So who will drive Lotus, now that it is officially not called the 1Malaysia F1 Team
This is almost easy. The team stands no chance of running at the front in its first year. So it needs to be a training ground for the whole team, despite the fact that some long-standing F1 characters have joined the team in various senior roles. Malaysia has some very good drivers - but in single seaters, now that Alex Yoong has shot his bolt and retired to tin-tops, there is only one worth considering: Fairus Fauzi. Fairus is a natural driver, he knows when to take risks and when to hold back. He wins races with his brain as much as with his right foot. True, Yoong is probably a better technical driver, but Fairus is a better racer. He's fearless but not cavallier, fast in the right places and reads the conditions around him superbly. He's not ready for F1, but there is a political (small p) demand to have a Malaysian in the Lotus team which is owned by Malaysian commercial interests and will, in due course, move some of its operations to Malaysia.
So who should partner him? Without doubt, it should be Anthony Davidson. In karting circles, he was always reckoned to be better than either Hamilton or Button had been. He's a lost talent who proved his worth at Super Aguri since when he's been sidelined. He's English so that goes well with the incredible following that Lotus has in the UK.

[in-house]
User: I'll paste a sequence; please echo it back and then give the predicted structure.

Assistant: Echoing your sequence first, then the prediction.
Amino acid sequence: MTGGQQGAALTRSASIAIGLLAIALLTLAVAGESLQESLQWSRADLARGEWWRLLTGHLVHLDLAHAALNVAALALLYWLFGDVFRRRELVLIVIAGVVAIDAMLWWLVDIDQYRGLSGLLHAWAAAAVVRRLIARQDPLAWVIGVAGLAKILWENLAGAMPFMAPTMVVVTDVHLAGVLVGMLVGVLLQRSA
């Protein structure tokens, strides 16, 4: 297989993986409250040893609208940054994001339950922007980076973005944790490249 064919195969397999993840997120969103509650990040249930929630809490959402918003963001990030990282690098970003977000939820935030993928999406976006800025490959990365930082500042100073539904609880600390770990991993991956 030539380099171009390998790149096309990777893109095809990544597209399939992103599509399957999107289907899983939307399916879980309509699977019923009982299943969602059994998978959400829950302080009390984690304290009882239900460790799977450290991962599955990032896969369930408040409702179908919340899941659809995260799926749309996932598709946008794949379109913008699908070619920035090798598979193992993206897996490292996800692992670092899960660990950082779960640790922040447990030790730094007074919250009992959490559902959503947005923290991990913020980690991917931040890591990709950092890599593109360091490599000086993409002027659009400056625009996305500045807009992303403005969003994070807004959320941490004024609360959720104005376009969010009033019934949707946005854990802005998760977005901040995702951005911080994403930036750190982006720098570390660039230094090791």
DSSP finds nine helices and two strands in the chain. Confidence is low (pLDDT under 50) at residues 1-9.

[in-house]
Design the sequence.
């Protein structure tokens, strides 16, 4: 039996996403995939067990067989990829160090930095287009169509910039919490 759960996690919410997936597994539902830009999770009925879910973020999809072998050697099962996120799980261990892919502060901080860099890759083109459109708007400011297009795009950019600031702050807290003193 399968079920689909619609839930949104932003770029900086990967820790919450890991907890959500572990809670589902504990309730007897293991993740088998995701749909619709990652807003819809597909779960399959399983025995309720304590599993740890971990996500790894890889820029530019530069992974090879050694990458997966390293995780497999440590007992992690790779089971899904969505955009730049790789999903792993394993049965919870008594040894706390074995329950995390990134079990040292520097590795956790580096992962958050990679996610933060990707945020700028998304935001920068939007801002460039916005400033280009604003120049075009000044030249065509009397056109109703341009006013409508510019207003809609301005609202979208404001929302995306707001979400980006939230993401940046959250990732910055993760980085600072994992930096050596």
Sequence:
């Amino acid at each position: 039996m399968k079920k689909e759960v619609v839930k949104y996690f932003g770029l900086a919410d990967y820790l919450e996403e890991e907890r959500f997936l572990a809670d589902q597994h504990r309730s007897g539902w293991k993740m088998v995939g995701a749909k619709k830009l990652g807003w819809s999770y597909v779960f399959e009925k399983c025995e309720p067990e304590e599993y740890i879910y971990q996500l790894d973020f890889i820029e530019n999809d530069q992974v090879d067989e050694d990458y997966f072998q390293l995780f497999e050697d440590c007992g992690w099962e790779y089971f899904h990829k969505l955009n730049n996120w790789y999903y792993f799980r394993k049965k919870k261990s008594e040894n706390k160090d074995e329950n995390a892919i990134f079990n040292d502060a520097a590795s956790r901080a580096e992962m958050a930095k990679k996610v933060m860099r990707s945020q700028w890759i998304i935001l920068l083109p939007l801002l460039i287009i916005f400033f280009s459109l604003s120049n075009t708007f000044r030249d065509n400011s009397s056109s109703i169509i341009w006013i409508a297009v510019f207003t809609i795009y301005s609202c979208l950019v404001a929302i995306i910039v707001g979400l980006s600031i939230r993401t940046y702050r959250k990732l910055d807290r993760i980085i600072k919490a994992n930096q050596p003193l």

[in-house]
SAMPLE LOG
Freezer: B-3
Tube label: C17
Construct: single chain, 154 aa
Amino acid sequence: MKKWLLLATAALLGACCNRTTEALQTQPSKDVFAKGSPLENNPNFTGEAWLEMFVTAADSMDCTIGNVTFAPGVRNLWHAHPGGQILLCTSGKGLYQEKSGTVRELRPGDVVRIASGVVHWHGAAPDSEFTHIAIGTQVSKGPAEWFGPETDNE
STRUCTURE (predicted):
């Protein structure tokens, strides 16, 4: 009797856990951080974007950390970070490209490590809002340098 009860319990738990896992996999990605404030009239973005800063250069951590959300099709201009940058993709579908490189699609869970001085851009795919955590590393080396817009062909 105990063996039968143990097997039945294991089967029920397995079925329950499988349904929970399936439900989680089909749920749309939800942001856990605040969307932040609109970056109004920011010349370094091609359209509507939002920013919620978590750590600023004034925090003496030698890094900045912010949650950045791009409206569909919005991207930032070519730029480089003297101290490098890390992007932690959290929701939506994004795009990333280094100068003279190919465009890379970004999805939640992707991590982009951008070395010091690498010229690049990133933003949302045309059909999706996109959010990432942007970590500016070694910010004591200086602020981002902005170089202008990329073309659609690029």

Put these two together to grow with the team and, if the management doesn't stuff it up, they will be in the top ten in 2011 and fighting for a podium in 2012.
MALAYSIAN tycoon Dato Chan Tien Ghee has agreed to invest in Cardiff City – and has planned more talks with chairman Peter Ridsdale in Kuala Lumpur at the end of November.
Talks are at a highly delicate stage, but they could yet result in Chan helping City pay off their debt to Langston – if an agreement can be reached on a one-off payment.
The debt to Langston is £24m, but Ridsdale has been in talks with former club chairman and Langston representative Sam Hammam on what they would accept if the Bluebirds settled the debt immediately.
An outline agreement has been reached, including monthly payments to start almost immediately, and that will hopefully be signed off within the next week or so.